Centene Corp. ended 2016 with 11.4 million members — up 6.3 million members, or 124%, from the end of 2015, the company said Feb. 7 when it reported its fourth-quarter 2016 earnings. In addition to its Medicare and Medicaid business, the company finished the year with slightly more than 1 million people covered by individual policies sold through public exchanges — nearly double the 537,000 the company reported at the end of 2015. In a note to investors, Credit Suisse analyst Scott Fidel said the company’s growing exchange business will have an unknown impact on its earnings in 2017 and 2018 given the volatility of the individual market.

Despite the political turmoil surrounding exchanges and Medicaid, CEO Michael Neidorff told investors it is taking a business-as-usual approach. “We believe we can work on any basis, whether it is [Medicaid] block grants or per capita caps. I will note that per capita caps is a fair approach for states that have a growing Medicaid population,” he said in a conference call with investors.

Centene’s fourth-quarter earnings beat analyst expectations. For the last three months of 2016, the company posted $11.9 billion in total revenue — up nearly 90% from the fourth quarter of 2015 — and $40.6 billion for full year 2016, representing 78% growth year over year.

Net earnings increased to $261 million ($1.49 per share) for the last three months of 2016, up from $111 million (90 cents per share) in the year-ago period. Centene expects revenue for 2017 to be between $46 billion and $46.8 billion. Company executives said the 2017 revenue guidance includes the recently renewed PA Medicaid HealthChoices contract, which begins on June 1, with likely enrollment between 75,000 and 100,000.

Humana Reports 49% Loss

Humana Inc. on Feb. 8 reported a loss of $486 million ($2.86 per share) for the fourth quarter of 2016 — down nearly 50% from a profit of $246 million (67 cents a share) for the same period a year ago. Adjusted earnings for the quarter came in at $2.06 per share, slightly ahead of analyst expectations. The company’s full-year 2016 income increased to $2.82 billion — up 15% from 2015. Humana reported total revenue of $54.96 billion, up 1.2% year over year.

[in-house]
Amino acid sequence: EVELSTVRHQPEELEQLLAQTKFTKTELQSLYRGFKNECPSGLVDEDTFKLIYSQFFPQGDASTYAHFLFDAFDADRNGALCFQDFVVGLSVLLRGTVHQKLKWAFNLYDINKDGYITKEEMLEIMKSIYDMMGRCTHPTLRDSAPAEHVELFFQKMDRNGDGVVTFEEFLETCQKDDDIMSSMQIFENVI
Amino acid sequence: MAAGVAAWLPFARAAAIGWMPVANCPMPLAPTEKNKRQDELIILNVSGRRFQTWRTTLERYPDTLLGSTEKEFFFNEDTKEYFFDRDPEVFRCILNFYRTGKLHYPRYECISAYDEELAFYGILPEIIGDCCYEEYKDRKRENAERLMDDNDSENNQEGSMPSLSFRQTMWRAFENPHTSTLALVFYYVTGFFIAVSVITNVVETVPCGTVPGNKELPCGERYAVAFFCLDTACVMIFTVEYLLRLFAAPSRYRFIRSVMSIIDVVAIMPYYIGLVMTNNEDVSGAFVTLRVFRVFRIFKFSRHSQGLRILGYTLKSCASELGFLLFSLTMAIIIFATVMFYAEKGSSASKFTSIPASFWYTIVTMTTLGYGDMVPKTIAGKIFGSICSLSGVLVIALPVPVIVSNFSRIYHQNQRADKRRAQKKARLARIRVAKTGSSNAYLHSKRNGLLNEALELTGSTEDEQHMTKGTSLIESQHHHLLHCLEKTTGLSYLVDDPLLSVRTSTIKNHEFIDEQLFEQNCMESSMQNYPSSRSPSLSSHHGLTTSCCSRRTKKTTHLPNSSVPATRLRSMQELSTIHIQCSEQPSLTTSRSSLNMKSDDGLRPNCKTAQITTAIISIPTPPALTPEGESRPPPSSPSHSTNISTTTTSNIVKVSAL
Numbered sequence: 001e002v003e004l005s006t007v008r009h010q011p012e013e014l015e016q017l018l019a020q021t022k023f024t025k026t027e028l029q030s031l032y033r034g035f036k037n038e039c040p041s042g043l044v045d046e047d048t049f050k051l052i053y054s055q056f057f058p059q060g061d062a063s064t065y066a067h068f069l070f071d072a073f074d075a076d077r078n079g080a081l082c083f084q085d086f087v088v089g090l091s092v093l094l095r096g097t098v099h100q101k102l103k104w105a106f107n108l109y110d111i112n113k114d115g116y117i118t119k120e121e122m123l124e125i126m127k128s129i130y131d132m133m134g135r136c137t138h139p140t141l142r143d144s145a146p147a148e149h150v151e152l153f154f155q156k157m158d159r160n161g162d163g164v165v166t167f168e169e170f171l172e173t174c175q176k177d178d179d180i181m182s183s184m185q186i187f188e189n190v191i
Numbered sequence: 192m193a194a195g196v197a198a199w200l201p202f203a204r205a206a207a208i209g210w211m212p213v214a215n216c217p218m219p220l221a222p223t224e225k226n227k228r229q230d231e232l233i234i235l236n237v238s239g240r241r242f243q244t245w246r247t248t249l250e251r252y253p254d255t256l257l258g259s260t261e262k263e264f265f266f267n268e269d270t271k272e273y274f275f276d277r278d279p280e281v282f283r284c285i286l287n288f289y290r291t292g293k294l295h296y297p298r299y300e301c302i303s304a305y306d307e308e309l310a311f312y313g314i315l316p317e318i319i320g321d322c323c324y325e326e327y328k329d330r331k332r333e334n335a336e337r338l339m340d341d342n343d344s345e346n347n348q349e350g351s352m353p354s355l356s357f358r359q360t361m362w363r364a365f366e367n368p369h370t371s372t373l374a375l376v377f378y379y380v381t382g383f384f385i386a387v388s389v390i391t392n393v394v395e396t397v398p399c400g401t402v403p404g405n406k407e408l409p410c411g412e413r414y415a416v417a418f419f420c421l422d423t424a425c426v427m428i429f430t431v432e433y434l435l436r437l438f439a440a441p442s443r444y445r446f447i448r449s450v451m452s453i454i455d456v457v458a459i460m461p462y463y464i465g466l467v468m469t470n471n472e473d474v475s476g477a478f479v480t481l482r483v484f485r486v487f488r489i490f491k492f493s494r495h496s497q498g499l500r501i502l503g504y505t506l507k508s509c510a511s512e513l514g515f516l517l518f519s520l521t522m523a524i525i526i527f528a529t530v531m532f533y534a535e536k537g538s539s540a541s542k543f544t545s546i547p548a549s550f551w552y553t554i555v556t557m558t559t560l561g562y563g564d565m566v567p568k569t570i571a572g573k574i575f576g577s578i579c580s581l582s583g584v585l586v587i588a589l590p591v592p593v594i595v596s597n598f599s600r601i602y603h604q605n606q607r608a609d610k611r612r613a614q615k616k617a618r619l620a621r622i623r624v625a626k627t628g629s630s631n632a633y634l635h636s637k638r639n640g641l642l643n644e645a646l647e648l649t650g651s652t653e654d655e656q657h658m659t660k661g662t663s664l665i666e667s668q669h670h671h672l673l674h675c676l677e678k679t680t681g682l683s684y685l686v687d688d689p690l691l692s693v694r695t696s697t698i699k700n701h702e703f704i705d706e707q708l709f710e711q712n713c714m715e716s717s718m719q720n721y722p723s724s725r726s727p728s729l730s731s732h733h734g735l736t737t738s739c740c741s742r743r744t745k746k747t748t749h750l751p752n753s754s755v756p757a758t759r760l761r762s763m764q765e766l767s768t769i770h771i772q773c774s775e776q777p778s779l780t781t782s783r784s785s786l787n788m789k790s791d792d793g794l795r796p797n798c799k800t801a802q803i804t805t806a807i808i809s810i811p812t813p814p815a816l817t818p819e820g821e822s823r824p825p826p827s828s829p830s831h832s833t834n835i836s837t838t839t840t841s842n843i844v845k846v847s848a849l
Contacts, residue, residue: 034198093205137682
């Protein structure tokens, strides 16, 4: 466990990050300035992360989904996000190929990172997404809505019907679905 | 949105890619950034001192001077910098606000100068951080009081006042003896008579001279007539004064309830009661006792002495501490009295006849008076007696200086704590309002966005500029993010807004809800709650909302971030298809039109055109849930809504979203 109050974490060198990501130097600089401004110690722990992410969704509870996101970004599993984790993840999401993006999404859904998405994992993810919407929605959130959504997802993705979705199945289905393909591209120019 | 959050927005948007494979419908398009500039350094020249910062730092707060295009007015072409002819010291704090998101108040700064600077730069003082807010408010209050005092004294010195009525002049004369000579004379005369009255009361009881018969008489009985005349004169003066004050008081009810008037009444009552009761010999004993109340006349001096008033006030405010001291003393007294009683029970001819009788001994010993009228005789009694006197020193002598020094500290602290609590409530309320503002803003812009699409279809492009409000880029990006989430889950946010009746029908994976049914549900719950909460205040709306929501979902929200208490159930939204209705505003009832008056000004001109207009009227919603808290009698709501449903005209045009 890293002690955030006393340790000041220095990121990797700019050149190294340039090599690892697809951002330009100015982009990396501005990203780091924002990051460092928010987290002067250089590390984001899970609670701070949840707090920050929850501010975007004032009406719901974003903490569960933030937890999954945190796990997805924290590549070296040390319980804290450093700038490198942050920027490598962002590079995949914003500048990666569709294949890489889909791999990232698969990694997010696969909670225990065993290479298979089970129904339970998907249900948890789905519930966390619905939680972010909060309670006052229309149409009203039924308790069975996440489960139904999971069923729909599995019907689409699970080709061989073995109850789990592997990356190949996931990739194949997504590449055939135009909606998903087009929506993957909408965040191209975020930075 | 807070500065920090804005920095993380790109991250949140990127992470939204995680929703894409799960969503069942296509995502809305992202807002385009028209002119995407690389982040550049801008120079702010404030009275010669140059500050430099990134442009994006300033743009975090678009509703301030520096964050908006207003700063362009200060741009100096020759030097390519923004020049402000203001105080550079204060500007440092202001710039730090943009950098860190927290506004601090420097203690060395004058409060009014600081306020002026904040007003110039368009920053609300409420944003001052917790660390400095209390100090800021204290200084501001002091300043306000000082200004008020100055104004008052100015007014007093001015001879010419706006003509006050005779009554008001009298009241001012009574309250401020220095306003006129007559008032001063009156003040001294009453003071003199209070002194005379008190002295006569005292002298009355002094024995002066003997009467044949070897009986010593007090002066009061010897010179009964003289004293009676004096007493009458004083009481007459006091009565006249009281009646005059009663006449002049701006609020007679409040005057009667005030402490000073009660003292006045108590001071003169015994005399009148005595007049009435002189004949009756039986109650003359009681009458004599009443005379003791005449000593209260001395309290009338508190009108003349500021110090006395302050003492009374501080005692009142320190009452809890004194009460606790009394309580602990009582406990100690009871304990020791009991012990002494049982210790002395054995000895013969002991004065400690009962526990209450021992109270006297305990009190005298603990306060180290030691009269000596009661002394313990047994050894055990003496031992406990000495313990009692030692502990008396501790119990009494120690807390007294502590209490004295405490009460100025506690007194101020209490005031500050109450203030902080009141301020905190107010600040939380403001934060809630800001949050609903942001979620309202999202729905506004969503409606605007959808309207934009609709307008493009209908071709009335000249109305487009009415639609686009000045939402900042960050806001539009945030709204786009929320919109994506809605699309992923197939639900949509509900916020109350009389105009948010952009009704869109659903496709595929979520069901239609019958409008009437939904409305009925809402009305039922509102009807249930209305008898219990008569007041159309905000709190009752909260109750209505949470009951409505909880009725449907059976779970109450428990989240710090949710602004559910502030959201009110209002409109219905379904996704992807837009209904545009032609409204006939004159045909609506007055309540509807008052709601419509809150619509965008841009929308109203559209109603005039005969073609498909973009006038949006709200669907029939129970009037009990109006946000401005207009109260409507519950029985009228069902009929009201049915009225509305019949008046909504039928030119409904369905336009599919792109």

The company noted that part of the loss was due to $583 million it is owed through the Affordable Care Act’s risk-corridors program, which was created to offset high-cost members who purchased coverage through public insurance exchanges.

Last year, Humana decided not to sell coverage on public insurance exchanges in many of its markets. That decision caused enrollment to plunge nearly 70% from 404,000 in December to 152,000 in January. Individual enrollment for the 2017 plan year was lower than expected, although half of the members were new to Humana, analyst Fidel wrote in a research note.

The company will eliminate about 500 positions in a home health-care unit in early April, USA Today reported Feb. 8. The decision is not related to Aetna’s efforts to acquire the company, according to the article.

The company said it would delay the release of its 2017 financial guidance until no later than Feb. 16 due to the U.S. District Court’s Jan. 23 decision to block Aetna from acquiring the company. Humana also said Chief Operating Officer James Murray will retire at the end of March.

Also on Feb. 7, WellCare Health Plans, Inc., a Medicare and Medicaid managed care firm, reported fourth-quarter 2016 net income of $46.0 million ($1.03 per share). Adjusted net income for the fourth quarter of 2016 was $46.0 million ($1.03 per share). Net income for the full year was $266.0 million ($5.96 per share).

CEO Kenneth Burdick noted that the company won two Medicaid contracts and announced four acquisitions — two of which closed in 2016. “Our momentum is strong as we enter 2017,” he said in a prepared statement. On Jan. 3, WellCare completed the acquisition of Care1st Health Plan Arizona, Inc. from Care1st Health Plan, an affiliate of Blue Shield of California. In December, WellCare agreed to acquire Medicaid membership and certain provider contracts in Arizona from Phoenix Health Plan, a wholly owned subsidiary of Tenet Healthcare.

For full-year 2017, the company reaffirmed earlier guidance in the range of $6.00 to $6.25 per share. The company noted that its guidance doesn’t reflect the pending acquisitions of Universal American Corp. and certain assets of Phoenix Health Plan.

WellCare ended 2016 with 345,000 members in Medicare, up by 7,000 members at the end of the third quarter, but down 9,000 from the end of 2015. Medicare Prescription Drug Plan (PDP) membership was about 1 million at the end of 2016, down about 1,600 members from the end of 2015.